Rigging Stuff Up for Outdoors and Survival Life


How to Rig a Lean To

How to Rig a Lean To

By on July 25, 2016 in kayaks, ropes with 0 Comments


Building a lean to involves a useful set of skills. People might want to build a lean to for many different reasons. Some people are trying to add more space to their storage sheds, and a lean to makes for a comparatively easy type of addition. Other people might want to build something more like a lean to as a form of shelter while camping. Either way, the skills involved are fairly similar. Still, people who are building a lean to while camping are probably not going to be able to take as many tools with them, and they might have to improvise with some of the available materials.

Camping and Building a Lean To

Building a lean to while camping is going to be that much easier if people are able to use a tree as a support structure. Some people will actually use two thin trees that are close together and spaced correctly as supports for their lean to structures, which can cause the lean to structures to be much more stable.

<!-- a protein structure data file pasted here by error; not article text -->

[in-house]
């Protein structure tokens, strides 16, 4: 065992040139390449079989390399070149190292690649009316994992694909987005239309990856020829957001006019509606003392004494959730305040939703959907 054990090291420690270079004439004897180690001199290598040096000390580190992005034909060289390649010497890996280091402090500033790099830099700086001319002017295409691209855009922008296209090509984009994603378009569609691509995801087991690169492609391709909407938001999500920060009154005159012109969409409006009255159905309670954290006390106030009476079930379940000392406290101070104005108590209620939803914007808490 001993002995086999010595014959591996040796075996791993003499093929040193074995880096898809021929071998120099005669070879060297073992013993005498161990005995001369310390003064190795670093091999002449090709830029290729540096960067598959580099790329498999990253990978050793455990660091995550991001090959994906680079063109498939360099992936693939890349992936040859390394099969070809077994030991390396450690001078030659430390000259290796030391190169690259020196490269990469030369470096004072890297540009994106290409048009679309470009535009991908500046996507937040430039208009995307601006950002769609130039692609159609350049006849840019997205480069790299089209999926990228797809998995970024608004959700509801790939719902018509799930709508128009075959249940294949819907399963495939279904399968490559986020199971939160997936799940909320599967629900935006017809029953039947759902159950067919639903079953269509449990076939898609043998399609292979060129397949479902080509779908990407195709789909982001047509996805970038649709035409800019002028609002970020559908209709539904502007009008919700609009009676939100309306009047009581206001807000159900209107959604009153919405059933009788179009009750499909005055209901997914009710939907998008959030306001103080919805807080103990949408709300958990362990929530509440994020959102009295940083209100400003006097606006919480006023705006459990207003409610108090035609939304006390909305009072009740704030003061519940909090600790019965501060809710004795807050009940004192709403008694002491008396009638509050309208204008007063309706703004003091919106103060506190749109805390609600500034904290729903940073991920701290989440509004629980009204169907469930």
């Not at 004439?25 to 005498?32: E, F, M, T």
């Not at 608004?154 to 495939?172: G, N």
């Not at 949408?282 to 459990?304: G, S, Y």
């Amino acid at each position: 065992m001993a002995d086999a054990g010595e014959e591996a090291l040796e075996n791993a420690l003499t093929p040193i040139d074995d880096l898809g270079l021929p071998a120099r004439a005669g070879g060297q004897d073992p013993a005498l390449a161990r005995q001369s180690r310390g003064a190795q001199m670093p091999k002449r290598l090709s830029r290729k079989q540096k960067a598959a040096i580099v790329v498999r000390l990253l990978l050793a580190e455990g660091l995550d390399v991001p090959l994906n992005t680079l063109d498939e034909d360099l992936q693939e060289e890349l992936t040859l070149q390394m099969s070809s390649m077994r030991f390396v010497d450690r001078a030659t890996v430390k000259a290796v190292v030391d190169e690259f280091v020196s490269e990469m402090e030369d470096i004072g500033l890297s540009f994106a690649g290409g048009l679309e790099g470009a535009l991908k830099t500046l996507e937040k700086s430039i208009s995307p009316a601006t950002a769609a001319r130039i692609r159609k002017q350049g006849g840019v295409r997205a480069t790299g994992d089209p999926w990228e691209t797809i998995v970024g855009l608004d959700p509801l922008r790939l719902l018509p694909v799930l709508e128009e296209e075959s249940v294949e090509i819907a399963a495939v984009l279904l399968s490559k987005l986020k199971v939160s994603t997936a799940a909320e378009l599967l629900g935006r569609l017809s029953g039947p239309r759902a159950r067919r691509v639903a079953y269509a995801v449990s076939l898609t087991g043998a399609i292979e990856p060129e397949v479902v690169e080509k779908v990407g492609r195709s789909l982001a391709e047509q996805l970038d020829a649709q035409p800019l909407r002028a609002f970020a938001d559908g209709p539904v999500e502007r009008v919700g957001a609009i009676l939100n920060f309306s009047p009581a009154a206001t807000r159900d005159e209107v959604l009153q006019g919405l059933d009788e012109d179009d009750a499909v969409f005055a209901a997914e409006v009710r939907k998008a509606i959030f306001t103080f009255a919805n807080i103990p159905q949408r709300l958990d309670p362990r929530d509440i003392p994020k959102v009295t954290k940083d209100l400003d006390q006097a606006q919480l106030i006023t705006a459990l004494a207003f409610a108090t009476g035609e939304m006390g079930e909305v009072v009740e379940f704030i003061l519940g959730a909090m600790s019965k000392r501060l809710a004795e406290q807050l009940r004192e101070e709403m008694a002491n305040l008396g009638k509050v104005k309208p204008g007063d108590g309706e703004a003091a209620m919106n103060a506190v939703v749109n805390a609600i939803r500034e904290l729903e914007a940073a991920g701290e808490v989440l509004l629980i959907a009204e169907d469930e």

Lean to structures are made from sticks when people make them during a camping trip. Long and thick sticks are good to use as building materials, but people cannot use sticks that are too thick or too heavy or they are going to cause the structure to collapse. It is important to choose a bunch of sticks that are similar in terms of size, length, and thickness. These are going to work comparatively well as building materials. If people do not have trees to use, then they are going to need to select two thick sticks as their supports. A longer third stick can be used in order to complete the support that will hold up the makeshift roof of the lean to.